from The Century Dictionary.

  • See mean, n., 7, 8, 9.

from Wiktionary, Creative Commons Attribution/Share-Alike License.

  • noun Plural form of mean.
  • noun countable An instrument or condition for attaining a purpose.
  • noun uncountable, plurale tantum Resources; riches.
  • verb Third-person singular simple present indicative form of mean.

from WordNet 3.0 Copyright 2006 by Princeton University. All rights reserved.

  • noun an instrumentality for accomplishing some end
  • noun how a result is obtained or an end is achieved
  • noun considerable capital (wealth or income)


from Wiktionary, Creative Commons Attribution/Share-Alike License

See mean.


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  • In discussing the subject, we shall _consider the means used to propagate the gospel -- the opposition made against it -- and the wisdom of God in the choice of the means_; which will bring up to view some of the objections which have been made against the truth of the gospel.

    Sermons on Various Important Subjects Andrew Lee

  • -- That view also according to which a 'body' means no more than a _means_ of enjoyment is refuted hereby.

    The Vedanta-Sutras with the Commentary by Ramanuja — Sacred Books of the East, Volume 48 George Thibaut 1881

  • No; Scripture has not undertaken to _tell_ us every thing, but merely to give us the means of _finding_ every thing; and thus much we can conclude on the subject before us, that if it is important, there are _means_ of determining it; but we cannot infer, either that it must actually be

    Parochial and Plain Sermons, Vol. VII (of 8) John Henry Newman 1845

  • If it be such a means, then its "efficacy" is established, in the only sense in which we are concerned to contend for it; while it is shown to be _no more inconsistent_ with the immutability of the Divine purposes, than any other system of _means or instruments_ that may be employed as subordinate agencies in the government of the world.

    Modern Atheism under its forms of Pantheism, Materialism, Secularism, Development, and Natural Laws James Buchanan 1837

  • By these means the notion of my partiality took air, and whether Miss Thrale sent him word slily or not I cannot tell, but on the 25th January, 1783, Mr. Crutchley came hither to conjure me not to go to Italy; he had heard such things, he said, and by _means_ next to _miraculous_.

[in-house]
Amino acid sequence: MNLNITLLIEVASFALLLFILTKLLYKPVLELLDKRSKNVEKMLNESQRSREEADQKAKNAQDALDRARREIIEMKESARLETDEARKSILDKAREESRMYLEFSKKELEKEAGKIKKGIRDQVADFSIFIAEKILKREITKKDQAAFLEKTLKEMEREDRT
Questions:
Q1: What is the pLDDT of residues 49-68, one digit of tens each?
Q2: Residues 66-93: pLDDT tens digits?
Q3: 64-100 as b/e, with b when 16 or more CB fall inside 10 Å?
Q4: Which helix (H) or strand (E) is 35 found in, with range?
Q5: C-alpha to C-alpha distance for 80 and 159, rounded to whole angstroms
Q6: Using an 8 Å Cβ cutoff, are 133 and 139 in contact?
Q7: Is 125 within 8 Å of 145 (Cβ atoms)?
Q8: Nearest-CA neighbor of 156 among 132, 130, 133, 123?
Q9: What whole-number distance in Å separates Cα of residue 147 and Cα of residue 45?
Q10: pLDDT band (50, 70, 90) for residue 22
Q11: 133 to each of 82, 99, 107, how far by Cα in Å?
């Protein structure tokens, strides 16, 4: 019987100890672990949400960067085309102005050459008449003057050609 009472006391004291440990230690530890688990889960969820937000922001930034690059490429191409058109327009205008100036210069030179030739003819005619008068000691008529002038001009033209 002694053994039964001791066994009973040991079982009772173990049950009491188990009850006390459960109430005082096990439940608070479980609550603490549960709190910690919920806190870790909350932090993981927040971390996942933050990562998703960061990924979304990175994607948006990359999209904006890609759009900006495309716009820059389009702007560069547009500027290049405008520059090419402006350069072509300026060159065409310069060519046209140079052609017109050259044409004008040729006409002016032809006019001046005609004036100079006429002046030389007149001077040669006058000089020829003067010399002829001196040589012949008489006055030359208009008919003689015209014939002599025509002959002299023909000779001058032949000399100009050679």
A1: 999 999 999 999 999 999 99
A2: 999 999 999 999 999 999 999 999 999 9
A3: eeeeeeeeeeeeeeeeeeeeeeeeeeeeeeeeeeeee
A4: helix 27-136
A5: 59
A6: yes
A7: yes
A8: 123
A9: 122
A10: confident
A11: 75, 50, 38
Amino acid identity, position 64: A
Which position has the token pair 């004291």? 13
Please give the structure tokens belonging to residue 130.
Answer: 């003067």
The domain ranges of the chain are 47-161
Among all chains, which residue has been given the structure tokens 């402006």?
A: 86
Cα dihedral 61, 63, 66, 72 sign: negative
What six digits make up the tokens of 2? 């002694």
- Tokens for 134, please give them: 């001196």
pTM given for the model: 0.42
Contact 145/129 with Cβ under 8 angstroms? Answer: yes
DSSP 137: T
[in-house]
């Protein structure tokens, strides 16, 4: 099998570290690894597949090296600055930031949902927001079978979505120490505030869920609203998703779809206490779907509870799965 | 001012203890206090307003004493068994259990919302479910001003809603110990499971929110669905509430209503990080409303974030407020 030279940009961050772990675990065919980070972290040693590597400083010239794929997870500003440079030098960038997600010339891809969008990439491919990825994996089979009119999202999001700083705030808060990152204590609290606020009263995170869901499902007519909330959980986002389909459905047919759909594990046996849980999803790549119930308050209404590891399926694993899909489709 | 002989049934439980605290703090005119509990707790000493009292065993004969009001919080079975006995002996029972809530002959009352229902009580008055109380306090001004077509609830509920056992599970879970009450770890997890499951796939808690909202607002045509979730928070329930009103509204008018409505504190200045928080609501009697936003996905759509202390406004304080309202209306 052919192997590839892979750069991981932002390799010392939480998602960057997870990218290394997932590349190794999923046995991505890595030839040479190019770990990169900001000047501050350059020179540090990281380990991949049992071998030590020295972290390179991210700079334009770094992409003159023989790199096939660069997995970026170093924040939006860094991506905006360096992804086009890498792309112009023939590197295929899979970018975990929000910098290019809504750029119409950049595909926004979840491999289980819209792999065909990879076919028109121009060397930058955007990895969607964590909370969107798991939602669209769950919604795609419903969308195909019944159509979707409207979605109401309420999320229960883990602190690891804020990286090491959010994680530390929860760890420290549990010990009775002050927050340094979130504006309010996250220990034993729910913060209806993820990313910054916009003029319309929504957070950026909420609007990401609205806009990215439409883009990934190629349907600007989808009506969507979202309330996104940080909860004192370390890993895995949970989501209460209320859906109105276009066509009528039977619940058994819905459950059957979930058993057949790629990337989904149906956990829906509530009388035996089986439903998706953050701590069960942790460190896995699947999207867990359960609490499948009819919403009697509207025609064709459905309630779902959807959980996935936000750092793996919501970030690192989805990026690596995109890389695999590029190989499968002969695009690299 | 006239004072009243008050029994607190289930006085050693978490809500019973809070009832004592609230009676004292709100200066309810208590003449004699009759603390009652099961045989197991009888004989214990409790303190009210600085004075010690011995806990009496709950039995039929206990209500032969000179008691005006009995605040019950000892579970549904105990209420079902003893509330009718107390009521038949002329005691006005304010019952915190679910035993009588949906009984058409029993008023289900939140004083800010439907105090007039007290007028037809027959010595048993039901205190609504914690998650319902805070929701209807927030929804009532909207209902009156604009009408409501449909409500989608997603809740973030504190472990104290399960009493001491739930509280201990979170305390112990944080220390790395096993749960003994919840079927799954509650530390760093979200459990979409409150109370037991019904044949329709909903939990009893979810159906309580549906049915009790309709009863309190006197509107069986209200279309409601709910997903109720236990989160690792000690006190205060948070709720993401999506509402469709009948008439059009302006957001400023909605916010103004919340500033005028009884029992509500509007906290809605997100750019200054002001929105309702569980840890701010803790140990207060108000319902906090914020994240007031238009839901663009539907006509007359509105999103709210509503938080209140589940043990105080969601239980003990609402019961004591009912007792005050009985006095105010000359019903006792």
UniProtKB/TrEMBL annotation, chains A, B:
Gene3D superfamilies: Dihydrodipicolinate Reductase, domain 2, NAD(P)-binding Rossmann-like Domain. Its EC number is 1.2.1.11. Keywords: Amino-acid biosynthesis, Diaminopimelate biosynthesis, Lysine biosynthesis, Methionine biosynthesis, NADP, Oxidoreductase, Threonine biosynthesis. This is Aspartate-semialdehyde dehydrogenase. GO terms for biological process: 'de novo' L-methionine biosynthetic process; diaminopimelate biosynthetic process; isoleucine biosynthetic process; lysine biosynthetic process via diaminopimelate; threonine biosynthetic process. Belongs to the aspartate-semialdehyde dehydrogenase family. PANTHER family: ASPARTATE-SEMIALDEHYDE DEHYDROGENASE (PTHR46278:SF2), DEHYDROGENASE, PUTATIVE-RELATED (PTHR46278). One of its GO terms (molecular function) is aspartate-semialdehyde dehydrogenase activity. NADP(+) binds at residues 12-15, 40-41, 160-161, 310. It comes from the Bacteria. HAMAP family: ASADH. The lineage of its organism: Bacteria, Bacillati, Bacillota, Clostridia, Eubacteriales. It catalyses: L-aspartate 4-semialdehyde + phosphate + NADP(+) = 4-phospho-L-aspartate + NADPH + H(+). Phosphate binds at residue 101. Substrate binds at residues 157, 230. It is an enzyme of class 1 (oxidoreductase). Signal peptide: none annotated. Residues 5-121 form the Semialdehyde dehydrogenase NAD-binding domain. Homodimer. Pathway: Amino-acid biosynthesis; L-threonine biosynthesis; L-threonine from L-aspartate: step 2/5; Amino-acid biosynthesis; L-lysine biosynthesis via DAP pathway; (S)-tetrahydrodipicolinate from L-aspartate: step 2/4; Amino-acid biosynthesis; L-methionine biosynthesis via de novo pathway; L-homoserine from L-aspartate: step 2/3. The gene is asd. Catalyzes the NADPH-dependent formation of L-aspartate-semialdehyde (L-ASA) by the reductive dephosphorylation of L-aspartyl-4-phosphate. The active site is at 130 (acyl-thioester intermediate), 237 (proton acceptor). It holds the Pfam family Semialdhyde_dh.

Autobiography, Letters and Literary Remains of Mrs. Piozzi (Thrale) (2nd ed.) (2 vols.) Edited with notes and Introductory Account of her life and writings Hester Lynch Piozzi 1781

  • "We desire," say they in their letter to the resident, (written so late as March last,) "that you will inform us if any, and what means, have been taken for recovering the balance due from the Begum [Princess] at Fyzabad; and that, if necessary, you _recommend_ it to the vizier to enforce _the most effectual means_ for that purpose."

    The Works of the Right Honourable Edmund Burke, Vol. 02 (of 12) Edmund Burke 1763

  • And this also means that they want assurance that 100\% collateral * means* 100\% collateral.

    Latest Articles 2009

  • But although it is by no means perfect, I think that my knowledge of these problems and of their imminent issues is sufficiently intimate to justify me in making a prophecy -- namely, that unless the native and other questions of South-Eastern Africa are treated with more honest intelligence, and on a more settled plan than it has hitherto been thought necessary to apply to them, the British taxpayer will find that he has _by no means_ heard the last of that country and its wars.

    Cetywayo and his White Neighbours Remarks on Recent Events in Zululand, Natal, and the Transvaal Henry Rider Haggard 1890

  • The true difficulty for them lies in making out how the reasons which justify self-defence in their view of it, do not also justify the acceptance of a duel: how, if I may make another man's death a means to the preservation of my vital right, I may not as well make another man's risk of death and my own, which is all that a duel amounts to, also a _means_, none other being at hand, to the preserving of my no less vital right.

    Moral Philosophy Joseph Rickaby 1888

  • It is a condition that is demoralizing in a hundred ways, and is fraught with peril to the republic, peril to society, and peril to all the interests of humanity; and therefore as I would assert, -- and _who would deny_ the supreme right and power of the people to protect the republic from any impending calamity by any just means, _but not by any unjust means_ -- I would claim that it is our right and duty to say that this grand hereditary inequality shall not be perpetual, and that

    The Arena Volume 4, No. 20, July, 1891 Various 1888


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